%0 Conference Paper
%B 15th International Conference on Pattern Recognition, 2000. Proceedings
%D 2000
%T The statistics of optical flow: implications for the process of correspondence in vision
%A FermÃ¼ller, Cornelia
%A Aloimonos, J.
%K Bias
%K Computer vision
%K correlation
%K correlation methods
%K energy-based method
%K flow estimation
%K Frequency estimation
%K gradient method
%K gradient methods
%K Image analysis
%K Image motion analysis
%K Image sequences
%K least squares
%K least squares approximations
%K Motion estimation
%K Nonlinear optics
%K Optical feedback
%K optical flow
%K Optical harmonic generation
%K Optical noise
%K Statistics
%K Visual perception
%X This paper studies the three major categories of flow estimation methods: gradient-based, energy-based, and correlation methods; it analyzes different ways of compounding 1D motion estimates (image gradients, spatio-temporal frequency triplets, local correlation estimates) into 2D velocity estimates, including linear and nonlinear methods. Correcting for the bias would require knowledge of the noise parameters. In many situations, however, these are difficult to estimate accurately, as they change with the dynamic imagery in unpredictable and complex ways. Thus, the bias really is a problem inherent to optical flow estimation. We argue that the bias is also integral to the human visual system. It is the cause of the illusory perception of motion in the Ouchi pattern and also explains various psychophysical studies of the perception of moving plaids. Finally, the implication of the analysis is that flow or correspondence can be estimated very accurately only when feedback is utilized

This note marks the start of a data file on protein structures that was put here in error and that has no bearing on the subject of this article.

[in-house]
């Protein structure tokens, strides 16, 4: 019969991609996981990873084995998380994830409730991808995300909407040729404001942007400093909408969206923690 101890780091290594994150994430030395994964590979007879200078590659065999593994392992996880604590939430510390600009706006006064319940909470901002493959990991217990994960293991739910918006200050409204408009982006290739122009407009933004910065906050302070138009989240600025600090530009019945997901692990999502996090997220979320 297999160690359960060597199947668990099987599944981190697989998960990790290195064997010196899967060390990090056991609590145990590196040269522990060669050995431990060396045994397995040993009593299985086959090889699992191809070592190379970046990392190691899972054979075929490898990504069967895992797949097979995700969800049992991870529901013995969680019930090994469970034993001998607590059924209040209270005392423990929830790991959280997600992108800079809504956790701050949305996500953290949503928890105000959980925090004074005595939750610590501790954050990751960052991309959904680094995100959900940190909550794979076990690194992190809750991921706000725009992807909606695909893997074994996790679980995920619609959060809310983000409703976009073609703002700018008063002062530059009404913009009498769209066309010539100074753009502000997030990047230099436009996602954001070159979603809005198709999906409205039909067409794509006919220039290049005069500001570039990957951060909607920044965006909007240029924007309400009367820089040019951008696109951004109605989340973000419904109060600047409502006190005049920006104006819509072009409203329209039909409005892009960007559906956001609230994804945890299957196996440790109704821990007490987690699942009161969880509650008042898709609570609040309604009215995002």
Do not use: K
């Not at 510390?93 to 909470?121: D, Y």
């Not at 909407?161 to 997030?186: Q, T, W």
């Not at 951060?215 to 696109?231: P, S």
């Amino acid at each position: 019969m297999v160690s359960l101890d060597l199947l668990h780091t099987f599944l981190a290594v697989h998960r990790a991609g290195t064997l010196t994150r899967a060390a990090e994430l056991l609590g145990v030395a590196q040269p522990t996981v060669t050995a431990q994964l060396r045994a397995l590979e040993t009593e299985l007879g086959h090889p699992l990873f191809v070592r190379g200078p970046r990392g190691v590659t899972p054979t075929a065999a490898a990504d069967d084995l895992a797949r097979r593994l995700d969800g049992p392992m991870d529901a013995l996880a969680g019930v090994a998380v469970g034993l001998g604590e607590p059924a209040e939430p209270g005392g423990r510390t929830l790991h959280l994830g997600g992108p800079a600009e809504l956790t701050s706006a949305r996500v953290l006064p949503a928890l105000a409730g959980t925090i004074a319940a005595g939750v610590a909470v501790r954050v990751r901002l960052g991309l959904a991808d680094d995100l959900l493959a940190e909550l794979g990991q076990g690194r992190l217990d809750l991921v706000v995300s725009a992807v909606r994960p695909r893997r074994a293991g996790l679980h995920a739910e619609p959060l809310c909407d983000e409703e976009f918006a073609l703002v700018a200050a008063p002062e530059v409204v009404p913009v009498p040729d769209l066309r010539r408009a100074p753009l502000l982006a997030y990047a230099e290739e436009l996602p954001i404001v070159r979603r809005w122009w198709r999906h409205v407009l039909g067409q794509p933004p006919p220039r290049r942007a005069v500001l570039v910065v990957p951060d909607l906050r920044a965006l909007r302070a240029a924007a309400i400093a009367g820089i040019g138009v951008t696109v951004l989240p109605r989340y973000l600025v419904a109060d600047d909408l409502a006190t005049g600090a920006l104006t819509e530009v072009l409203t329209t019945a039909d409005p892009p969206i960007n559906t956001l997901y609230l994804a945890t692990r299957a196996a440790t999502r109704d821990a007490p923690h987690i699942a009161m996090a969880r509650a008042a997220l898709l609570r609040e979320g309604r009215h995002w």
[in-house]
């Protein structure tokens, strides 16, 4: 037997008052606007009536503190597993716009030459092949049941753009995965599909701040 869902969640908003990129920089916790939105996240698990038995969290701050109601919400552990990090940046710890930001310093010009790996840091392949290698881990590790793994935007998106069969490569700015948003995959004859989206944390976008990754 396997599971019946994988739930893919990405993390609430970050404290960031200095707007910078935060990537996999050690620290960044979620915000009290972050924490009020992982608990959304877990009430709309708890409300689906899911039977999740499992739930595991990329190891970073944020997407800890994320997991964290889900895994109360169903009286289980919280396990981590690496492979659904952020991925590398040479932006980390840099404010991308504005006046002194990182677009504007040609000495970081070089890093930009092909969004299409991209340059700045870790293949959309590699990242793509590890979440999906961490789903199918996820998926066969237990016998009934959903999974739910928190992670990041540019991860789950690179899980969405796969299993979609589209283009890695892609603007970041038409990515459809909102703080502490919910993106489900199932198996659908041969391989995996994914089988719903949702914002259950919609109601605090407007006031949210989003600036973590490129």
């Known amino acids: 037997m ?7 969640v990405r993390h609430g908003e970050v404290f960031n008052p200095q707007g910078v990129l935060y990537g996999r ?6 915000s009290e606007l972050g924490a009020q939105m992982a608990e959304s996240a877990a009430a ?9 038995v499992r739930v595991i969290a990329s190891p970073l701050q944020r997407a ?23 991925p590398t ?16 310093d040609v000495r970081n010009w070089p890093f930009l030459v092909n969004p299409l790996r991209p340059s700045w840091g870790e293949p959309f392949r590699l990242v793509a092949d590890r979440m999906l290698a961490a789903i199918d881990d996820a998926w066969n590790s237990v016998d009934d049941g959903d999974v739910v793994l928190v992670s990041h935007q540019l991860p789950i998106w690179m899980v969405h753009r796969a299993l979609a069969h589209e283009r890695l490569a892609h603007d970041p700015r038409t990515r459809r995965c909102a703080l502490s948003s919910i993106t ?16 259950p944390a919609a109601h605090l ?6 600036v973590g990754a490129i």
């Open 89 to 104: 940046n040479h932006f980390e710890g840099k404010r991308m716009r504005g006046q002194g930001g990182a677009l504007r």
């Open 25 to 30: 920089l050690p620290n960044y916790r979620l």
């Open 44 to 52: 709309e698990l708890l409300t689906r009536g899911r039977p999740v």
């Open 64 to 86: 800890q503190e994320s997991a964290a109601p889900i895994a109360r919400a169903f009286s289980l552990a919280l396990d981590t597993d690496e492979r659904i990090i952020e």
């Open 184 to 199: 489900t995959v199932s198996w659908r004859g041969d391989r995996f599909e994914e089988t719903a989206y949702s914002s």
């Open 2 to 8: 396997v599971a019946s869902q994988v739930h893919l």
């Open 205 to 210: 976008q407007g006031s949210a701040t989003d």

%B 15th International Conference on Pattern Recognition, 2000. Proceedings
%I IEEE
%V 1
%P 119-126 vol.1 - 119-126 vol.1
%8 2000///
%@ 0-7695-0750-6
%G eng
%R 10.1109/ICPR.2000.905288